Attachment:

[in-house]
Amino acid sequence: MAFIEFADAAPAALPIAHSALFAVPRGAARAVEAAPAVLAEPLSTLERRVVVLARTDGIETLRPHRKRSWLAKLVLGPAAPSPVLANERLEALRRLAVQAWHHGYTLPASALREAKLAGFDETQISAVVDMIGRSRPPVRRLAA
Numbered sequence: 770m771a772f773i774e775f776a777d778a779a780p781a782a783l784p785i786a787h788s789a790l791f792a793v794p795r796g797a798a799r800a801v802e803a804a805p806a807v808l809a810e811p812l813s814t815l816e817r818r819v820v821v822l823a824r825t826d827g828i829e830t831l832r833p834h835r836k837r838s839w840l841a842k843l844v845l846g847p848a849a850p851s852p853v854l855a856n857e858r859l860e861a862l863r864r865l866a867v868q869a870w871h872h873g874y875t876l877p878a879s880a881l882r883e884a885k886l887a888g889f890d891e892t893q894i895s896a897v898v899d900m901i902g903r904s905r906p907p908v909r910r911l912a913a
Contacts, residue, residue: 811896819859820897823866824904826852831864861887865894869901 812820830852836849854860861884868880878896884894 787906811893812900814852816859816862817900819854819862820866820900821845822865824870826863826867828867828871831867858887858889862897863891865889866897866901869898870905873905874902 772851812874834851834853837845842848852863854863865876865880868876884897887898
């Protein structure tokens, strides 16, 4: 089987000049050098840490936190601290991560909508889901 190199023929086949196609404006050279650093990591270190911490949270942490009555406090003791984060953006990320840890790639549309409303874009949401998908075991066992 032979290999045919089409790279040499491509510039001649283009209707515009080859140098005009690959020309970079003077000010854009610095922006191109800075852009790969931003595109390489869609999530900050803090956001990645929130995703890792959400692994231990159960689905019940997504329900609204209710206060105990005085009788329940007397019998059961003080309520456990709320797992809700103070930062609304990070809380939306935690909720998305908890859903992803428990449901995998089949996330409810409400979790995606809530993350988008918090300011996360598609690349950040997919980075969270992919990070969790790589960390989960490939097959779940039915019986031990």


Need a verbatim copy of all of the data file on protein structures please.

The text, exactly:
[in-house]
Amino acid sequence: MAFIEFADAAPAALPIAHSALFAVPRGAARAVEAAPAVLAEPLSTLERRVVVLARTDGIETLRPHRKRSWLAKLVLGPAAPSPVLANERLEALRRLAVQAWHHGYTLPASALREAKLAGFDETQISAVVDMIGRSRPPVRRLAA
Numbered sequence: 770m771a772f773i774e775f776a777d778a779a780p781a782a783l784p785i786a787h788s789a790l791f792a793v794p795r796g797a798a799r800a801v802e803a804a805p806a807v808l809a810e811p812l813s814t815l816e817r818r819v820v821v822l823a824r825t826d827g828i829e830t831l832r833p834h835r836k837r838s839w840l841a842k843l844v845l846g847p848a849a850p851s852p853v854l855a856n857e858r859l860e861a862l863r864r865l866a867v868q869a870w871h872h873g874y875t876l877p878a879s880a881l882r883e884a885k886l887a888g889f890d891e892t893q894i895s896a897v898v899d900m901i902g903r904s905r906p907p908v909r910r911l912a913a
Contacts, residue, residue: 811896819859820897823866824904826852831864861887865894869901 812820830852836849854860861884868880878896884894 787906811893812900814852816859816862817900819854819862820866820900821845822865824870826863826867828867828871831867858887858889862897863891865889866897866901869898870905873905874902 772851812874834851834853837845842848852863854863865876865880868876884897887898
């Protein structure tokens, strides 16, 4: 089987000049050098840490936190601290991560909508889901 190199023929086949196609404006050279650093990591270190911490949270942490009555406090003791984060953006990320840890790639549309409303874009949401998908075991066992 032979290999045919089409790279040499491509510039001649283009209707515009080859140098005009690959020309970079003077000010854009610095922006191109800075852009790969931003595109390489869609999530900050803090956001990645929130995703890792959400692994231990159960689905019940997504329900609204209710206060105990005085009788329940007397019998059961003080309520456990709320797992809700103070930062609304990070809380939306935690909720998305908890859903992803428990449901995998089949996330409810409400979790995606809530993350988008918090300011996360598609690349950040997919980075969270992919990070969790790589960390989960490939097959779940039915019986031990």